\"Out There\" --This number starts out on a dark level, where Frollo sings (to Quasimodo) about how 'cruel' and 'wicked' the world is. This part is one of the most powerful moments in the soundtrack, not just because he casts a spell over Quasi into believing that he should never join the human world, but over us as well. The highlight of this section is where Frollo starts to sing about how much of a 'monster' Quasi is, and our main character (given a very sympathetic performance by Tom Hulce), very much under Frollo's influence, sings along with him. This is a truly terrifying moment. But then, the terrifying moment fades away to lead us to the true motives of Quasimodo, yearning to be \"out there, strolling by the Seine.\" The music here is very stirring and uplifting. And Hulce really shows off his singing style (He holds a long note at the end of the song). From thinking about how I desired to be a part of the world, I felt my heart go soft at this song. The combination of a dark intro and a 'happier' number, make this another highlight to Hunchback's score.

\"Topsy Turvy\" --What is a lighthearted, celebrational song doing in the middle of a dark score? Most people seemed to ask this question (and pan the score for this reason), but in my opinion, a song of this type is welcome even in a dark movie. This delightful number is not just unnecessary comic relief. It is supposed to contrast with a festival that plays a part in the film (namely, the Feast Of Fools, as they'll tell you in the beginning), and this number works greatly. Really bouncy and tuneful, with a medieval dance intro and a furious dance interlude halfway in between. The highlight of this song is where Clopin says \"Everybody!\", holding each of the syllables of this word, and then we have a great finale.

\"God Help The Outcasts\" --This is one of the most touching moments in the soundtrack. We have a beautiful vocalist (Heidi Mollenhauer, singing as Esmeralda) praying for, as the song indicates, the outcasts. This is a beautiful number, and even tear jerking (I almost cried during this song. No, really, I did!). This song also makes a point. There are outcasts even to this day. And to hear a prayer, be it in words, or songs, about a hopeful future of the children of God is very touching and uplifting. If this song doesn't make you feel how I felt during this song, well, that's a shame! This is the most beautiful song Menken has ever done. The final track, which is a pop version performed by Bette Midler, is also nicely done.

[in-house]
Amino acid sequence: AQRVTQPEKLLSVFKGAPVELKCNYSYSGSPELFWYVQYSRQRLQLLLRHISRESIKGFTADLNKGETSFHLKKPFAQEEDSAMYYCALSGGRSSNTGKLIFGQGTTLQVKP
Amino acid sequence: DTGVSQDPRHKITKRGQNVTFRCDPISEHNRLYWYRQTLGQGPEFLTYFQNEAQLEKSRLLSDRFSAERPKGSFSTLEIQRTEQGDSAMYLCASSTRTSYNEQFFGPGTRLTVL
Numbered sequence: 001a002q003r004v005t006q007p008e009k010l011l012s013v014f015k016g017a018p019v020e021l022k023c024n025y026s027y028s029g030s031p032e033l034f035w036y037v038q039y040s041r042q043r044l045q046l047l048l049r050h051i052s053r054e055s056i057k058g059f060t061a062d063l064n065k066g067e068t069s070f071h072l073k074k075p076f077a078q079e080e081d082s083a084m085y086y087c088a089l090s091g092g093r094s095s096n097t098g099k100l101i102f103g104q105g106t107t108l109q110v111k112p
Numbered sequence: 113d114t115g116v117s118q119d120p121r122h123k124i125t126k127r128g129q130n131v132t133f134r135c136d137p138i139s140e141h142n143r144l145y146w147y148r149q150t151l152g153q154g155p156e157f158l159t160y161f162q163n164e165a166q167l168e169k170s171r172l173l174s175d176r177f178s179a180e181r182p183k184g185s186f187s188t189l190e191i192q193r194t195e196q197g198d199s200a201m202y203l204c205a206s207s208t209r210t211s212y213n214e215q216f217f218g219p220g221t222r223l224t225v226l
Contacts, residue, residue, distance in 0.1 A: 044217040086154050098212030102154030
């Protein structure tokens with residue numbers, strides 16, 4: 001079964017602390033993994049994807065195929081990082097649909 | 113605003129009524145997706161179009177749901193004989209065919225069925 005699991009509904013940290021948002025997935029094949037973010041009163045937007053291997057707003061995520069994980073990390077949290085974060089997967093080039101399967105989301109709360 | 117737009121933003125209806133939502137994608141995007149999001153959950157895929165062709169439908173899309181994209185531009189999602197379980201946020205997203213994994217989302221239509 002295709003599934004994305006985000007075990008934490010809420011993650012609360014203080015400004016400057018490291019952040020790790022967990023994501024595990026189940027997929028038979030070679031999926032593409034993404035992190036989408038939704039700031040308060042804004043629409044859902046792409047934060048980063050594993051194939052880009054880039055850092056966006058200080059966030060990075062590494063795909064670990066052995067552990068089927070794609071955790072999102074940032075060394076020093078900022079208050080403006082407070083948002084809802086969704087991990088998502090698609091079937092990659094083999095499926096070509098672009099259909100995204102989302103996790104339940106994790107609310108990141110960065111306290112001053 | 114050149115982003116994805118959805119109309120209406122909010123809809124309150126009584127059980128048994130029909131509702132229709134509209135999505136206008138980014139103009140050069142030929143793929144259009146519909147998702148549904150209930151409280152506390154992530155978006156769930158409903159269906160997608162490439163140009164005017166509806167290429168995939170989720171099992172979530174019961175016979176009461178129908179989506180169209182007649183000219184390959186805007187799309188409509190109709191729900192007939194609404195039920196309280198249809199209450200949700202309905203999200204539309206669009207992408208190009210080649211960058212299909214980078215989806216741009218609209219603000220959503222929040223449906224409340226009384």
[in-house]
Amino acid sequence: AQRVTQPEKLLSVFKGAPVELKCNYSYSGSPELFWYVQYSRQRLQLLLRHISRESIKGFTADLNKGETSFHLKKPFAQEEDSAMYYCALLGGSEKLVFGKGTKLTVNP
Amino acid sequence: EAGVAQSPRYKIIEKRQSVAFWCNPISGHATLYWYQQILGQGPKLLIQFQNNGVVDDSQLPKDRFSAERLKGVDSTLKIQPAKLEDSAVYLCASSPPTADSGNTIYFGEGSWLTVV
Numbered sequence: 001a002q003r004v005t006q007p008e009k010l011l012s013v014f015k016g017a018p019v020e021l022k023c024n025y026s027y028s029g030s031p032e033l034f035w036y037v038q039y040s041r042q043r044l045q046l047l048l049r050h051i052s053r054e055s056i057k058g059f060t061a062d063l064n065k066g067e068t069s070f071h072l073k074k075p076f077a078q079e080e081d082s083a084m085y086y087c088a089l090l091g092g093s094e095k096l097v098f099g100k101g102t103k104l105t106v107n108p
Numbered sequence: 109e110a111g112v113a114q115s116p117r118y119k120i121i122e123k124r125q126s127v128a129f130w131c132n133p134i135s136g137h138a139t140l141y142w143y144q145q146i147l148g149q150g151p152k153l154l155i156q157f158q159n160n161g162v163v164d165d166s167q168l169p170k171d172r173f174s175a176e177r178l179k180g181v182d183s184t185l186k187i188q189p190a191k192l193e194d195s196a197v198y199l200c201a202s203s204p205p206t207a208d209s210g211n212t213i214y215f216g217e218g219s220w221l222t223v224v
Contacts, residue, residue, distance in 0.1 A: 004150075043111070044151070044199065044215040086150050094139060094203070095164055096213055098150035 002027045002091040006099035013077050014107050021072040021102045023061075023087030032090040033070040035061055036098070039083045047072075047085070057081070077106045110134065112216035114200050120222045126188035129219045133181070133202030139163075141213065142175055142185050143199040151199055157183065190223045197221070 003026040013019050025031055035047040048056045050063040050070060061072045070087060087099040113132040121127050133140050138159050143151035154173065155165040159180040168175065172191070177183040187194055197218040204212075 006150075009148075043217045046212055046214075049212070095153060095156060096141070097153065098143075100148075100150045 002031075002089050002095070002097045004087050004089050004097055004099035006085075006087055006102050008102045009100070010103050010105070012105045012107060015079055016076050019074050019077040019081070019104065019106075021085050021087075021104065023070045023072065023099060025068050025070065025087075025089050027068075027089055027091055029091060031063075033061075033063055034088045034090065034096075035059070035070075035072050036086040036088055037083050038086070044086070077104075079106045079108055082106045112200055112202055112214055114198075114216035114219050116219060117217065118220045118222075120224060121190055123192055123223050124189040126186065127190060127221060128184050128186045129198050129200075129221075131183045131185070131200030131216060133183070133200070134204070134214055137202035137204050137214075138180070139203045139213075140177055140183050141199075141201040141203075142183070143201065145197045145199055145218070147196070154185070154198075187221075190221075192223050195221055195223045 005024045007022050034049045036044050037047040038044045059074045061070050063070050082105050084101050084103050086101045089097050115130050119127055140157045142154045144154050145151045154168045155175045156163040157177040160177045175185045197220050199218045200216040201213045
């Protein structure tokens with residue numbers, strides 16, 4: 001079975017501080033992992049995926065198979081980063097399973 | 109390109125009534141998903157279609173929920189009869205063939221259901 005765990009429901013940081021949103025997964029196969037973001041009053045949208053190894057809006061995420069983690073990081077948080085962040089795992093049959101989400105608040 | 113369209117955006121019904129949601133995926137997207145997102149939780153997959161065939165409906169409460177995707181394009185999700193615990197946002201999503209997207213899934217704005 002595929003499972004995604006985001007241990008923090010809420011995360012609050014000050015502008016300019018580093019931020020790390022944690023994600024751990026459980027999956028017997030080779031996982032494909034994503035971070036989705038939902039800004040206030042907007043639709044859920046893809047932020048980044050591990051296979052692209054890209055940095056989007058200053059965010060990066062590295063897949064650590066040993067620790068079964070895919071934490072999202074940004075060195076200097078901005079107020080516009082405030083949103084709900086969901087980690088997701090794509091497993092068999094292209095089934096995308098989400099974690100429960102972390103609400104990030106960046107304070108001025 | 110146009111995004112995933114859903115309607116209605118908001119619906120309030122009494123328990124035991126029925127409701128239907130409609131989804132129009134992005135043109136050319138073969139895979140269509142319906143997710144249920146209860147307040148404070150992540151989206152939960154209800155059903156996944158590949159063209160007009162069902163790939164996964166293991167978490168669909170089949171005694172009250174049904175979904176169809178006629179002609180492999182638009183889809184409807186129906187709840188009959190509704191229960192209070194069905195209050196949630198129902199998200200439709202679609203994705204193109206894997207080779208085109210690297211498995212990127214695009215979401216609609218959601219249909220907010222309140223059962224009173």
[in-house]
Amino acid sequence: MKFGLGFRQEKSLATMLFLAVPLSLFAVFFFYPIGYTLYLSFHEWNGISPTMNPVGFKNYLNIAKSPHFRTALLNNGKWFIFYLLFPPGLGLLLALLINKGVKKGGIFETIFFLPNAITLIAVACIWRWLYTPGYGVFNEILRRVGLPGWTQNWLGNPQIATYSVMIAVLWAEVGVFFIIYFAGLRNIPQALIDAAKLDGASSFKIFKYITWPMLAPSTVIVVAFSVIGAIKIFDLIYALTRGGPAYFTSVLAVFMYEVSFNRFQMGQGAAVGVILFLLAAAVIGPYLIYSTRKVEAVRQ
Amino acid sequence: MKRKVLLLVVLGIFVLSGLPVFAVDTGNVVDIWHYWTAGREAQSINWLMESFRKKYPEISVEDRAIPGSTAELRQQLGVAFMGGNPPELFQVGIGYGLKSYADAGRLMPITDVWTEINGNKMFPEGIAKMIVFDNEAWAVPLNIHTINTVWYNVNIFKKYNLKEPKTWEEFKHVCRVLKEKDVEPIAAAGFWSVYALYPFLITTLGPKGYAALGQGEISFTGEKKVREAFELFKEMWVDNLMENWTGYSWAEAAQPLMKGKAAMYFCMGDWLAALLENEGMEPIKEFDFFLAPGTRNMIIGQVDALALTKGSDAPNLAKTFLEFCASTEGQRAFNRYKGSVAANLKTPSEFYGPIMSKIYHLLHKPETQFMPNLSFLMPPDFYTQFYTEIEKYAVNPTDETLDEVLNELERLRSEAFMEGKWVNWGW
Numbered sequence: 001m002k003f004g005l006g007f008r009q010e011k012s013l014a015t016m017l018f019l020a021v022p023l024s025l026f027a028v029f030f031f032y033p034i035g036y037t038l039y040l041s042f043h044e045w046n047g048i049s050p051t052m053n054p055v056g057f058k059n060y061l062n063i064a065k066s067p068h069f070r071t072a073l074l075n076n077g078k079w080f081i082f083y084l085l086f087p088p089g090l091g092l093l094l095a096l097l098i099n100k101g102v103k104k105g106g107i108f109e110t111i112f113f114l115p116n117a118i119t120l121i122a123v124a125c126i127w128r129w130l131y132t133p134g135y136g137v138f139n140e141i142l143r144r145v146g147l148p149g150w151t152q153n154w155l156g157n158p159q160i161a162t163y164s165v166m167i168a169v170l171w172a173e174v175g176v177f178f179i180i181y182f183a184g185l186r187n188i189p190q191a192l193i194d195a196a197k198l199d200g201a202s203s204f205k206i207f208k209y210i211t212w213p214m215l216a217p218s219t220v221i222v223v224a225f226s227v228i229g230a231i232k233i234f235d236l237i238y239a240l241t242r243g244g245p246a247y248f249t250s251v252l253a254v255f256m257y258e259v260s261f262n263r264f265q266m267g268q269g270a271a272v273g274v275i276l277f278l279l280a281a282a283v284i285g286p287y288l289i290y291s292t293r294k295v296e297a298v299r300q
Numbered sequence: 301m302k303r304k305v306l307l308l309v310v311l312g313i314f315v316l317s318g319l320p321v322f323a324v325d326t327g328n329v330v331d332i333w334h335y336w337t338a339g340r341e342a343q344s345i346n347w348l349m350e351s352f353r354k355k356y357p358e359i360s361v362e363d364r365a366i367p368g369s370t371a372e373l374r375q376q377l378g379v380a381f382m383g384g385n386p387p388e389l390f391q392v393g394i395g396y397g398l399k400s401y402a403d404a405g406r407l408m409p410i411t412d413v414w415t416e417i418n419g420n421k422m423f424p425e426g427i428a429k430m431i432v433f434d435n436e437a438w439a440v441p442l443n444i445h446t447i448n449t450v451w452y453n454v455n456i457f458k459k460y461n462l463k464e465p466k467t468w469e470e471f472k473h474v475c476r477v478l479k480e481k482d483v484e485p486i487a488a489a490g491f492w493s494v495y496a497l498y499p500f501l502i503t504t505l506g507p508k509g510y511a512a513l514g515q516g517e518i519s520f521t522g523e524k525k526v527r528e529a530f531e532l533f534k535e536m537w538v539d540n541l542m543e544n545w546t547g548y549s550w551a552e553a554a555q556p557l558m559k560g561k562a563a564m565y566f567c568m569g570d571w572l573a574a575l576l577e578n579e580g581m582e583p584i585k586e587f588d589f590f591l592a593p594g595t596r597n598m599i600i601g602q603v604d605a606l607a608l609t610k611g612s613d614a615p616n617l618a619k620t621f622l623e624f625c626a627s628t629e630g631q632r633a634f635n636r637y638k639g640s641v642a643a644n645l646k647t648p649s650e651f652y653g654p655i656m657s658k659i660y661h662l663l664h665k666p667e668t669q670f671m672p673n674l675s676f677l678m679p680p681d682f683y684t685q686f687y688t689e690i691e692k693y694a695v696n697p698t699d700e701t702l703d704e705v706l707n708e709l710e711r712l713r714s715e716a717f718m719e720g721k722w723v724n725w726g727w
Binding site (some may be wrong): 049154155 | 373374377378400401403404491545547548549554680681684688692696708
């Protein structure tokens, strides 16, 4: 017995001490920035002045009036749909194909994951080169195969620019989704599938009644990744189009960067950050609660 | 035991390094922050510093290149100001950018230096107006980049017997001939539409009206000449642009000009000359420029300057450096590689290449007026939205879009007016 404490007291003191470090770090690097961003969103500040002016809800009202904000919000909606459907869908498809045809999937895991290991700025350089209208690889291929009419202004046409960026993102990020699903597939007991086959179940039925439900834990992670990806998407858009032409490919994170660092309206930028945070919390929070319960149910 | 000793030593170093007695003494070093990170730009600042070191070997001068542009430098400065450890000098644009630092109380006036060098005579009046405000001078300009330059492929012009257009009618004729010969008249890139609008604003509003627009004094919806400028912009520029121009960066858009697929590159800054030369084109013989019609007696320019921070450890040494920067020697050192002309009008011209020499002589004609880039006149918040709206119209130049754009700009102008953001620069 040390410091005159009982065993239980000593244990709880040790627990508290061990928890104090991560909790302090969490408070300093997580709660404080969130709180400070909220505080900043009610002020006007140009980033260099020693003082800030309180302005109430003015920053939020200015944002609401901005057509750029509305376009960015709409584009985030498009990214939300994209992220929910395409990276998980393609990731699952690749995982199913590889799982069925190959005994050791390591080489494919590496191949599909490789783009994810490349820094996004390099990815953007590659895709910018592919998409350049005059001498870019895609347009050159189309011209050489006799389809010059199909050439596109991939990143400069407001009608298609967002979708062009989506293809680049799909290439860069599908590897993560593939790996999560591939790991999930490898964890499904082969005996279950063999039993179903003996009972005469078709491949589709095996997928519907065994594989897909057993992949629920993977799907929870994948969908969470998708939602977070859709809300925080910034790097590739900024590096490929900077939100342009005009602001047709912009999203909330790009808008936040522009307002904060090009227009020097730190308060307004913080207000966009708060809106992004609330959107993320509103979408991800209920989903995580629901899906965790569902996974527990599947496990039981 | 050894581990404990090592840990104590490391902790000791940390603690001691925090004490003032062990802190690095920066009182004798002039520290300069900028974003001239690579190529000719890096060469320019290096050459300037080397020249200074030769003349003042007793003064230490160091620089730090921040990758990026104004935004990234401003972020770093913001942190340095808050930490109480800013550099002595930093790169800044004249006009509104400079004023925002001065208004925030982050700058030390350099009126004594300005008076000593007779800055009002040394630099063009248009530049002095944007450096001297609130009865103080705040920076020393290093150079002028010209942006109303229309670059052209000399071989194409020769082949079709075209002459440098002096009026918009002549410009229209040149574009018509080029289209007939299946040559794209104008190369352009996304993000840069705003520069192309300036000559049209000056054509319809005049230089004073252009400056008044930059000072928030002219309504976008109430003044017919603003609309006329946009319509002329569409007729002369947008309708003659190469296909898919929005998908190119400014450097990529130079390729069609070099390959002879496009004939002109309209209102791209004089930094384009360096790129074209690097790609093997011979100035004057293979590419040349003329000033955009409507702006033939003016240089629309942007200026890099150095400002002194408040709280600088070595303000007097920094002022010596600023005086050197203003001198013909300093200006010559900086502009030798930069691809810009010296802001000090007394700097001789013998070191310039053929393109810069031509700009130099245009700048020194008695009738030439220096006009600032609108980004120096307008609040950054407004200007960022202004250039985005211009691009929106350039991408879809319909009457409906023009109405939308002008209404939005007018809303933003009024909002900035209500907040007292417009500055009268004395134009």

\"Heaven's Light/Hellfire\" --\"So many times out there, I've watched a happy pair,\" sings Quasimodo on the first third of this track (which is actually two songs in one). Here, Quasimodo has just experienced friendship (well, love, actually) for the first time in his life, and because of that, his \"dark, cold tower sings so bright.\" This is another tearjerker. Ah, the joys of having a friend; such a joy that can't be better described in any form, except for Quasimodo's song. The bells ring, and then we have another chorus interlude (here, we get the feeling we're in a church). Then, we head to a darker side which involves someone who also has emotions about Esmeralda (whom Quasi has fallen in love with) -- and evil thoughts at that. That someone is Frollo. \"Hellfire\" is arguably the most horrifying moment in the whole soundtrack. Many people have objected to seeing this scene in the film (mainly because some were questioning whether the film is a kid's film), but I find it impressive that Disney is attempting to try out an 'adult' number. No, this number is definitely not for kids, as the lyrics in the song are quite disturbing. The gloomy atmosphere of the music and the truly scary emotion make this song a track that deserves to be applauded as one of Menken's (and Disney's) daring experiments.